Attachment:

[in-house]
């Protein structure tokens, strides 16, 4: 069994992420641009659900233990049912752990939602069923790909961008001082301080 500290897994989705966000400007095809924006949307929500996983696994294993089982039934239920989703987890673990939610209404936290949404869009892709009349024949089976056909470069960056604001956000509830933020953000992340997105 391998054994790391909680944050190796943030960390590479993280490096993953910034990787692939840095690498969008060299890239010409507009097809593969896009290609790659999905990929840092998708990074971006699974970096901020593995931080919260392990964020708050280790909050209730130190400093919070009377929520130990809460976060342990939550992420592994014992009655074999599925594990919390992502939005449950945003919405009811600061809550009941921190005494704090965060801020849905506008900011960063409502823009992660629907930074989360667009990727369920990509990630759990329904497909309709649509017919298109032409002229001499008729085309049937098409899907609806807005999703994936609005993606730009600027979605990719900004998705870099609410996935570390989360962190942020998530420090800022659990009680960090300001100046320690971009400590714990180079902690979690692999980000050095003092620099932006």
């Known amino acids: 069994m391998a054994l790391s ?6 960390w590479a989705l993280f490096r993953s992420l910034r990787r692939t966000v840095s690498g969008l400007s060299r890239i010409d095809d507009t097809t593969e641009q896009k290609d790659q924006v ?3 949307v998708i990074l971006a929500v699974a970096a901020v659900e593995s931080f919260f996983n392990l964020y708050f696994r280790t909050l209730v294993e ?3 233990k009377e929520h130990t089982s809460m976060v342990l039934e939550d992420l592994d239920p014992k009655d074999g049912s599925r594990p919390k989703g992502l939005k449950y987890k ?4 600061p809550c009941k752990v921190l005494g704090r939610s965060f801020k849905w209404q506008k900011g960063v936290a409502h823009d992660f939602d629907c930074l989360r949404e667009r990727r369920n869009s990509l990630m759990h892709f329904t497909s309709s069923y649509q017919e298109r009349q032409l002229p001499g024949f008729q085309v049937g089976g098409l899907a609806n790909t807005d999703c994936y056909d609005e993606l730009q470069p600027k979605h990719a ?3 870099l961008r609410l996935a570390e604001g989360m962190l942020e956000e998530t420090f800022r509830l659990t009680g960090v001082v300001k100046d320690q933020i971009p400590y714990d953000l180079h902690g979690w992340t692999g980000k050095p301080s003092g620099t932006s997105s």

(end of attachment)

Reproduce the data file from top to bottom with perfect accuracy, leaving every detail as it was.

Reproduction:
[in-house]
């Protein structure tokens, strides 16, 4: 069994992420641009659900233990049912752990939602069923790909961008001082301080 500290897994989705966000400007095809924006949307929500996983696994294993089982039934239920989703987890673990939610209404936290949404869009892709009349024949089976056909470069960056604001956000509830933020953000992340997105 391998054994790391909680944050190796943030960390590479993280490096993953910034990787692939840095690498969008060299890239010409507009097809593969896009290609790659999905990929840092998708990074971006699974970096901020593995931080919260392990964020708050280790909050209730130190400093919070009377929520130990809460976060342990939550992420592994014992009655074999599925594990919390992502939005449950945003919405009811600061809550009941921190005494704090965060801020849905506008900011960063409502823009992660629907930074989360667009990727369920990509990630759990329904497909309709649509017919298109032409002229001499008729085309049937098409899907609806807005999703994936609005993606730009600027979605990719900004998705870099609410996935570390989360962190942020998530420090800022659990009680960090300001100046320690971009400590714990180079902690979690692999980000050095003092620099932006």
């Known amino acids: 069994m391998a054994l790391s ?6 960390w590479a989705l993280f490096r993953s992420l910034r990787r692939t966000v840095s690498g969008l400007s060299r890239i010409d095809d507009t097809t593969e641009q896009k290609d790659q924006v ?3 949307v998708i990074l971006a929500v699974a970096a901020v659900e593995s931080f919260f996983n392990l964020y708050f696994r280790t909050l209730v294993e ?3 233990k009377e929520h130990t089982s809460m976060v342990l039934e939550d992420l592994d239920p014992k009655d074999g049912s599925r594990p919390k989703g992502l939005k449950y987890k ?4 600061p809550c009941k752990v921190l005494g704090r939610s965060f801020k849905w209404q506008k900011g960063v936290a409502h823009d992660f939602d629907c930074l989360r949404e667009r990727r369920n869009s990509l990630m759990h892709f329904t497909s309709s069923y649509q017919e298109r009349q032409l002229p001499g024949f008729q085309v049937g089976g098409l899907a609806n790909t807005d999703c994936y056909d609005e993606l730009q470069p600027k979605h990719a ?3 870099l961008r609410l996935a570390e604001g989360m962190l942020e956000e998530t420090f800022r509830l659990t009680g960090v001082v300001k100046d320690q933020i971009p400590y714990d953000l180079h902690g979690w992340t692999g980000k050095p301080s003092g620099t932006s997105s």